However it has NOTHING to do w/ PC vs. console. Not a damned thing. The same is true across ALL platforms. It's long been known (by the industry) that games that are more innovative don't sell as well as their more generic counterparts. That gamers often will ask for a series of changes, and will just as often reject them if implemented. Not only is this true of games, but the same thing happens in movies, in books, in music. Pretty much anything that relies on creativity suffers this dilemma. Purely original / innovative stuff doesn't tend to sell as well (you can still make a profit, just not nearly as large of one), however innovation is also necessary to drive progression. Once too many people forget that things start to stagnate and go down hill for a while.

When it comes to games, the problem I see over and over and over again (It doesn't even matter what part of the world;) is that too many people are unwilling to try something new. When the majority of us do play something new, we treat it 'too different' from something known and familiar, instead of like a new experience. And that is a problem.

Honestly, yes, the constant whining & entitlement does get old. However, sadly, this is not going to change without a very significant (and positive) change to the education of the average gamer. And no, I'm not talking about degrees or diplomas, but rather a change of perspective / mindset / understanding.

We have too much entitlement, and it's not limited to MMOs. Many are too used to being catered to individually, to understand how to appreciate games that are not. Furthermore in a lot of ways the average gamer has been much more included in the actual development process (which is a good thing). The problem is, while developers have been making many efforts to be more transparent with us, very few of us have made efforts to be more understanding of developers. We still love to point fingers, find the easiest scapegoat for a problem, and many of us still will demand one feature, and then do a complete 180 once such feature gets implemented. I see it time and time again, enough that I've stopped keeping count.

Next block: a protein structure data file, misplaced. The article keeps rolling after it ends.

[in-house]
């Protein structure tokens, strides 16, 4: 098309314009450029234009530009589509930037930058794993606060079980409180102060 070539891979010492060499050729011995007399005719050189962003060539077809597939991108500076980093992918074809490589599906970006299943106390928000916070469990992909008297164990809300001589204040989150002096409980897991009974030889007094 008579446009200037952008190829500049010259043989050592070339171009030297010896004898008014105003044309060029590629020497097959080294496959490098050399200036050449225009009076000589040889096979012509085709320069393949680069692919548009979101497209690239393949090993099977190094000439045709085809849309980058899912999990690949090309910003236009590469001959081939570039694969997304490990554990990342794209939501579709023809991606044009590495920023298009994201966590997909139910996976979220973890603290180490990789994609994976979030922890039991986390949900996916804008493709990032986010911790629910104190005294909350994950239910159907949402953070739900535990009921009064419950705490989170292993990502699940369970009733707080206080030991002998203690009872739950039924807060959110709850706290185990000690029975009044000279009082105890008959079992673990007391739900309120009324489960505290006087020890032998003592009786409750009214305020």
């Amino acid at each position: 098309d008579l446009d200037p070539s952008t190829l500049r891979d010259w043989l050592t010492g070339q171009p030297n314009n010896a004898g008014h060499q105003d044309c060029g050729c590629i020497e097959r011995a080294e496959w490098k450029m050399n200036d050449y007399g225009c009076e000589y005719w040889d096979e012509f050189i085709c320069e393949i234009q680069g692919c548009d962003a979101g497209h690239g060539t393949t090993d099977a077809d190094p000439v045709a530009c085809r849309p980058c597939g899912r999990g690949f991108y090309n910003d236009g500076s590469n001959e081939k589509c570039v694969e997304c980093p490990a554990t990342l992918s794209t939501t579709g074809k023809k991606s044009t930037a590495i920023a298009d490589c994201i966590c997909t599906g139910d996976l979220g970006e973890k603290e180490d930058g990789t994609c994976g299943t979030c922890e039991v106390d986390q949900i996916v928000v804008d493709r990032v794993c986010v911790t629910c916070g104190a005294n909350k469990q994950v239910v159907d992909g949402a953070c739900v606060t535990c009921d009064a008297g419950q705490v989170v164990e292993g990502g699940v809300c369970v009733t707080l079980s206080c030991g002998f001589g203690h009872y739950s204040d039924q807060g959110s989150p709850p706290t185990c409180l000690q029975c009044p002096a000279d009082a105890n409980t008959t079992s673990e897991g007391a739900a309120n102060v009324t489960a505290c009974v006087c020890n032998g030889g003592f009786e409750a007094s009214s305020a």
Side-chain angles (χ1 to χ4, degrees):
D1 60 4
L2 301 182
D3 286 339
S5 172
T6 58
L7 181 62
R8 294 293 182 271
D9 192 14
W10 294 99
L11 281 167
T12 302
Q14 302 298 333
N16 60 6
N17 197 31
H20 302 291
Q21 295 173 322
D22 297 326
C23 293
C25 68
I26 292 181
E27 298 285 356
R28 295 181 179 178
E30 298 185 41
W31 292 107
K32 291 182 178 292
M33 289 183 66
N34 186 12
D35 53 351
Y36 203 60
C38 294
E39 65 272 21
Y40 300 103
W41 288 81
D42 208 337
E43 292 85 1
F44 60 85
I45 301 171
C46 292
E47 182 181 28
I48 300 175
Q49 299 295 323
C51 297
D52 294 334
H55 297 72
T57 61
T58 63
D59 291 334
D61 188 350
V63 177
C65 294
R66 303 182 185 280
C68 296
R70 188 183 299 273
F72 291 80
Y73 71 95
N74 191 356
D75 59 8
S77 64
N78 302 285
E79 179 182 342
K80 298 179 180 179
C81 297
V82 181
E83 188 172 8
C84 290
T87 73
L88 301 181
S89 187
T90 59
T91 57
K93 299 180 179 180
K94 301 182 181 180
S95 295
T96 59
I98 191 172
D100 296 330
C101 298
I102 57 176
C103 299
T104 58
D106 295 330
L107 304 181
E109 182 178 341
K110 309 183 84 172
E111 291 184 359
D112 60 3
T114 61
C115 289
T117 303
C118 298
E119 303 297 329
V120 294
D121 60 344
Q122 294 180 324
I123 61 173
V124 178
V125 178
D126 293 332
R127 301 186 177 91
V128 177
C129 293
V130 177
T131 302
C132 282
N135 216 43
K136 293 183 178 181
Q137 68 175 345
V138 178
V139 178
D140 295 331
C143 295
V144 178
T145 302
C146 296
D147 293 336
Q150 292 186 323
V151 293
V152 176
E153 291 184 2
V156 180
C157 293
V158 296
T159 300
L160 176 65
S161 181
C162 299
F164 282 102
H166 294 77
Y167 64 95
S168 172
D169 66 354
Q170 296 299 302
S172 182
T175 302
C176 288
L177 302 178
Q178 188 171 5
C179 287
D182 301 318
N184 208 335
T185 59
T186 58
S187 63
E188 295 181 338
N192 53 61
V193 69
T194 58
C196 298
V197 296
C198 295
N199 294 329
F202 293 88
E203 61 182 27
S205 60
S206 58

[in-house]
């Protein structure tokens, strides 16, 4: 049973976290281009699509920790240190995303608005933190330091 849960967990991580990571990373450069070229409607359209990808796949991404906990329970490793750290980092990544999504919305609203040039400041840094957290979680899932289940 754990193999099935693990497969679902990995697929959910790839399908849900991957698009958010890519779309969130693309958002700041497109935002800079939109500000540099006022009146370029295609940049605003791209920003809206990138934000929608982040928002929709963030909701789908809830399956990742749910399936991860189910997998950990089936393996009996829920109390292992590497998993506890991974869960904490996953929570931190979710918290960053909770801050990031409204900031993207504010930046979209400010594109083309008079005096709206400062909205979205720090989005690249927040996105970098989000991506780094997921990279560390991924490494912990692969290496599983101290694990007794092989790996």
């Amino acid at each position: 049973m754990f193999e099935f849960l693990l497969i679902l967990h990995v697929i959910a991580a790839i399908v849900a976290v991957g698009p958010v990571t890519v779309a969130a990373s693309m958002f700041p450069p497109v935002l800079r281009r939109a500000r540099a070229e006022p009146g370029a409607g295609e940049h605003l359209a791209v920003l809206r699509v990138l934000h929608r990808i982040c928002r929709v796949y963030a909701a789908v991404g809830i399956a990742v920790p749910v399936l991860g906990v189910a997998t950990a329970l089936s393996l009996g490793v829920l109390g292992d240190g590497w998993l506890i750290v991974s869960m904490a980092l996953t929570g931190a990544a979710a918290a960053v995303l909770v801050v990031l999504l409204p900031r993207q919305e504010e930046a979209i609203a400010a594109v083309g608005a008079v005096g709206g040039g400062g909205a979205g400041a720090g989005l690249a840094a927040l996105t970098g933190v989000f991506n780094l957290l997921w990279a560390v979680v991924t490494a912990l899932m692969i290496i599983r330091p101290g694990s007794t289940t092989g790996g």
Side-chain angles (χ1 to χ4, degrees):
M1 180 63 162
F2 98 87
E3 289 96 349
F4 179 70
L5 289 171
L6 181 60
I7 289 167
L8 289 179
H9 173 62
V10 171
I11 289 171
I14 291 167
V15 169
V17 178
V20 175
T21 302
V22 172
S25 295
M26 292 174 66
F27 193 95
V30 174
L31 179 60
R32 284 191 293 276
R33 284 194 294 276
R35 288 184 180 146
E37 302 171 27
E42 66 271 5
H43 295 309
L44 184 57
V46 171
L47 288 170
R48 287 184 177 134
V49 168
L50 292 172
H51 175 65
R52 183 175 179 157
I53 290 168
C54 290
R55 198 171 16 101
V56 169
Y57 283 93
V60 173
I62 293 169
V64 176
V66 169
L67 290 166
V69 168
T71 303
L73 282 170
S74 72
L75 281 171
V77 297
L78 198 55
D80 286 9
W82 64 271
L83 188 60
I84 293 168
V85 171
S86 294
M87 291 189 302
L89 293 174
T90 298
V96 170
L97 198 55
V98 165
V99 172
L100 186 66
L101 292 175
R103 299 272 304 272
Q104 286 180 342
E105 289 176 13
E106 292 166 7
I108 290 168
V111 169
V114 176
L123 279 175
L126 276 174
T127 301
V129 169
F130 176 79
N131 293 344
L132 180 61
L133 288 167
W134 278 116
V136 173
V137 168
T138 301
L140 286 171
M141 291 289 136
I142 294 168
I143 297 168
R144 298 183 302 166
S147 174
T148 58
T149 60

Too often do we not ask the right questions, treat all problems as equal, only to fall for the same marketing gimmicks and blame others for it. With a more self-concious / aware playerbase I think many of these issues would diminish. People would be more inclined to appreciate games outside of their own comfort zone, which then promotes more innovation. We'd be more willing to support games with concept we like, rather than games that are the most addicting to our own behavior. We'd also probably stop buying games we know are crap.

Sadly, that's not the world we live in, and will likely not happen. As a result there are basically 3 options. Go with the flow & choose from what's available, stop playing, or make your own game without expecting it to make money.